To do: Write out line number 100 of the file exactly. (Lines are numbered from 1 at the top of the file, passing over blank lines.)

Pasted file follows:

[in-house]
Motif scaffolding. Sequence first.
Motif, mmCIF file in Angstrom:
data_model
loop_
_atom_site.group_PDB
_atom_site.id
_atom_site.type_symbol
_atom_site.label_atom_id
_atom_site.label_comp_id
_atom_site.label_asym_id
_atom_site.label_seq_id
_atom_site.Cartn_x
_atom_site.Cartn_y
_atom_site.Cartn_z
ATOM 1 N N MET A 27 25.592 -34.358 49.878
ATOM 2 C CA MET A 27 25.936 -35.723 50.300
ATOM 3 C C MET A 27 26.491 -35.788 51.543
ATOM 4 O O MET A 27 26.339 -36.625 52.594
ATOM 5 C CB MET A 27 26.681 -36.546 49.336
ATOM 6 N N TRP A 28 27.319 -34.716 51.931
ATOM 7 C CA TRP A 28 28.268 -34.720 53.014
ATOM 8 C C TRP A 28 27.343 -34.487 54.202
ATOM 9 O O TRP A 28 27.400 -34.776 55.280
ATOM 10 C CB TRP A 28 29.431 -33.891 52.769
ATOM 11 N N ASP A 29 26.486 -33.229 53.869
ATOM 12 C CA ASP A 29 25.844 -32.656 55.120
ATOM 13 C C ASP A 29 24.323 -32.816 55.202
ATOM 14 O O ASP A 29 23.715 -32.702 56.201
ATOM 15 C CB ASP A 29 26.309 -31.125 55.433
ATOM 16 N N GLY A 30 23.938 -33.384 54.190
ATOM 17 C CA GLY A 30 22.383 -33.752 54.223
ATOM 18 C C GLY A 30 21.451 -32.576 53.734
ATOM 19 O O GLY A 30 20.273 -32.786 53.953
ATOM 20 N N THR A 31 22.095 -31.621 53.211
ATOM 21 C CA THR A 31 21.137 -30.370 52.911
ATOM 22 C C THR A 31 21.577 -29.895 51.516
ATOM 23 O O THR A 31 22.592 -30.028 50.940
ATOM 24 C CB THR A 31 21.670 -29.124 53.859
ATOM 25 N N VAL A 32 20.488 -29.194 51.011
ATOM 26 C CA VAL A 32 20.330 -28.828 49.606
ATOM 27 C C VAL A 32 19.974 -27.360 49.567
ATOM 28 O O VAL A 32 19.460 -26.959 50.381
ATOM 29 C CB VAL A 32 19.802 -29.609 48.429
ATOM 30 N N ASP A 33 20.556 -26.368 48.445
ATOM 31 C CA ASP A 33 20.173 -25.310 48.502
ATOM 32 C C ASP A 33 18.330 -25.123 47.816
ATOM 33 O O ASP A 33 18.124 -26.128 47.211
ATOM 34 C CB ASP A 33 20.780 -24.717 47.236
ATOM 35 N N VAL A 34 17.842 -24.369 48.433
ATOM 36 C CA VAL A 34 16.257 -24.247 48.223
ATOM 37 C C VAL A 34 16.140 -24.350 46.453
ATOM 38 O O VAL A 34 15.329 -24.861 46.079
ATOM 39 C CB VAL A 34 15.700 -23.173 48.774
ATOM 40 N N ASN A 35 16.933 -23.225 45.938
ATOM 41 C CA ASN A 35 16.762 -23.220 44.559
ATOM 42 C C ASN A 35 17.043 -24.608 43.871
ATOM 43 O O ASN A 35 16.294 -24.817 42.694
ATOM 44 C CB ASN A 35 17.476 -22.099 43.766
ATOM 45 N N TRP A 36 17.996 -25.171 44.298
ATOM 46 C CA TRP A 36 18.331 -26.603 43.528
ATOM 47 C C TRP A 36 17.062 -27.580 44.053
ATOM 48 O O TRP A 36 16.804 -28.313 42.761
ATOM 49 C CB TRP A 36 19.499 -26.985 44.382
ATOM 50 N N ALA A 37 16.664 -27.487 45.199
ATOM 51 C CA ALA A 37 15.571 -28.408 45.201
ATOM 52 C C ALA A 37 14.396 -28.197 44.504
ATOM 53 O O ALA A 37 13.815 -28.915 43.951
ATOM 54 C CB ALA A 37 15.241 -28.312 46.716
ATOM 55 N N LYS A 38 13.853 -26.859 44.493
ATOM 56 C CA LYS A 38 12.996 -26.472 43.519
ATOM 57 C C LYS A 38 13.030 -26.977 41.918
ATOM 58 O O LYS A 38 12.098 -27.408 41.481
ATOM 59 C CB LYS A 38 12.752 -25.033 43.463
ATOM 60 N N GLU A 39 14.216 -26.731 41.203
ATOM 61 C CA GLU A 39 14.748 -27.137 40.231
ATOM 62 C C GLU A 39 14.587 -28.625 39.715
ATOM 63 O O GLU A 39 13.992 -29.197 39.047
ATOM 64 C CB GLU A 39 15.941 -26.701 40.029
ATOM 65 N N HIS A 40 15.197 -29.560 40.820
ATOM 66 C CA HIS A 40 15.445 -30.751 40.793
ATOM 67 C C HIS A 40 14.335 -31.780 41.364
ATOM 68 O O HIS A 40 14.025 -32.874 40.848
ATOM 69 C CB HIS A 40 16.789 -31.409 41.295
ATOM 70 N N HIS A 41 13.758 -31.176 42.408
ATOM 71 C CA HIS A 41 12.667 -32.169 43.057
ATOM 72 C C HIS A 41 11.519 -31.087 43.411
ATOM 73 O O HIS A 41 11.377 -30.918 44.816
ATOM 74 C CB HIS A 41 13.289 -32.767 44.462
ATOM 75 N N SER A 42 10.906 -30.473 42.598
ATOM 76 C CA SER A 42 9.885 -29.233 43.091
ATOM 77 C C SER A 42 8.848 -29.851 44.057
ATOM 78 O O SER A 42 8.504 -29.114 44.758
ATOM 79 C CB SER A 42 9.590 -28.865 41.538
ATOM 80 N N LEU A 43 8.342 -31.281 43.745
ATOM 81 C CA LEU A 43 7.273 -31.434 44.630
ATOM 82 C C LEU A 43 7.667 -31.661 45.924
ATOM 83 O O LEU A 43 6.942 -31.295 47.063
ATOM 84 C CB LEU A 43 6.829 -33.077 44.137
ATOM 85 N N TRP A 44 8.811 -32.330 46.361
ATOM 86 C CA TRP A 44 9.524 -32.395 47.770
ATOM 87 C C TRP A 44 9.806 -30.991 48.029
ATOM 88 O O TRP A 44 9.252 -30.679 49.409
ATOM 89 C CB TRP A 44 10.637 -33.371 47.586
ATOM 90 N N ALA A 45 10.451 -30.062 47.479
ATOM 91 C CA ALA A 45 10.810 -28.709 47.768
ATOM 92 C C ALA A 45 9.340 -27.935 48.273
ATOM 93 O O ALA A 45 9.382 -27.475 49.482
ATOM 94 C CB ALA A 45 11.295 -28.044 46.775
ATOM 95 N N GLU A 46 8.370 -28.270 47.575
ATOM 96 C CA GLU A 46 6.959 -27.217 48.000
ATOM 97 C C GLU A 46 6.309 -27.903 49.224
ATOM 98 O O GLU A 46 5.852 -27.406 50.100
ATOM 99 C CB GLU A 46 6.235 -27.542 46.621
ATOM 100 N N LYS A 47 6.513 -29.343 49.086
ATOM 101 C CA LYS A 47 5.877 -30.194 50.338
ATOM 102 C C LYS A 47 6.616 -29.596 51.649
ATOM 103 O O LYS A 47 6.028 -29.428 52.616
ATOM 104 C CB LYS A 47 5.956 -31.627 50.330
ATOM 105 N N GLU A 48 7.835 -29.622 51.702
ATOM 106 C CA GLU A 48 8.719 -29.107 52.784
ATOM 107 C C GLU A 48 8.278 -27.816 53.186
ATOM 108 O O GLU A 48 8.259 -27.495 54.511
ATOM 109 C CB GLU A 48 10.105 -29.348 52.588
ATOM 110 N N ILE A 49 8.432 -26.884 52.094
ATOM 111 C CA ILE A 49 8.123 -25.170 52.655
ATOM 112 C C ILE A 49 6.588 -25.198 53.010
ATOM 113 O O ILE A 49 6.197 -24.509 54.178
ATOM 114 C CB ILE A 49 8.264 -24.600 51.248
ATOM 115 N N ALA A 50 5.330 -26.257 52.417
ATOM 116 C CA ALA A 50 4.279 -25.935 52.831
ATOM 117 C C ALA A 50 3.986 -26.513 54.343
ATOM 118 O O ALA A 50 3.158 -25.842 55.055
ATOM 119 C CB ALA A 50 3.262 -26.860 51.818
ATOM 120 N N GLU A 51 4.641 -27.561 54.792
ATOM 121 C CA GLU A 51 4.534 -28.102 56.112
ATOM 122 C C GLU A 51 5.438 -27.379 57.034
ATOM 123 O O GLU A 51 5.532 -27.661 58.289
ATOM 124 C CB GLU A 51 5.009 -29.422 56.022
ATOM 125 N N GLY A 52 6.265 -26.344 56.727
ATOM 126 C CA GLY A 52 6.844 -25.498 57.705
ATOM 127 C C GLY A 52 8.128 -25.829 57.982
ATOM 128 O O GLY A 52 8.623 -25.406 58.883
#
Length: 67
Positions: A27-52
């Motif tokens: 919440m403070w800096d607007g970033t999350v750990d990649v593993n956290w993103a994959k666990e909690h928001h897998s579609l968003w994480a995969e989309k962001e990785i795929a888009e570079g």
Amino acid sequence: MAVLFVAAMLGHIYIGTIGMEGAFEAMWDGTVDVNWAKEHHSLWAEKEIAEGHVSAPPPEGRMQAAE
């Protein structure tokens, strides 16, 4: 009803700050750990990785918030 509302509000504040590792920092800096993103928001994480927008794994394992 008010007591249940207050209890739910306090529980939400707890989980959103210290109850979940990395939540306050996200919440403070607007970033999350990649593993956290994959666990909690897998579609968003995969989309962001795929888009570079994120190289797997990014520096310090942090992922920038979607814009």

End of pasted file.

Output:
ATOM 85 N N TRP A 44 8.811 -32.330 46.361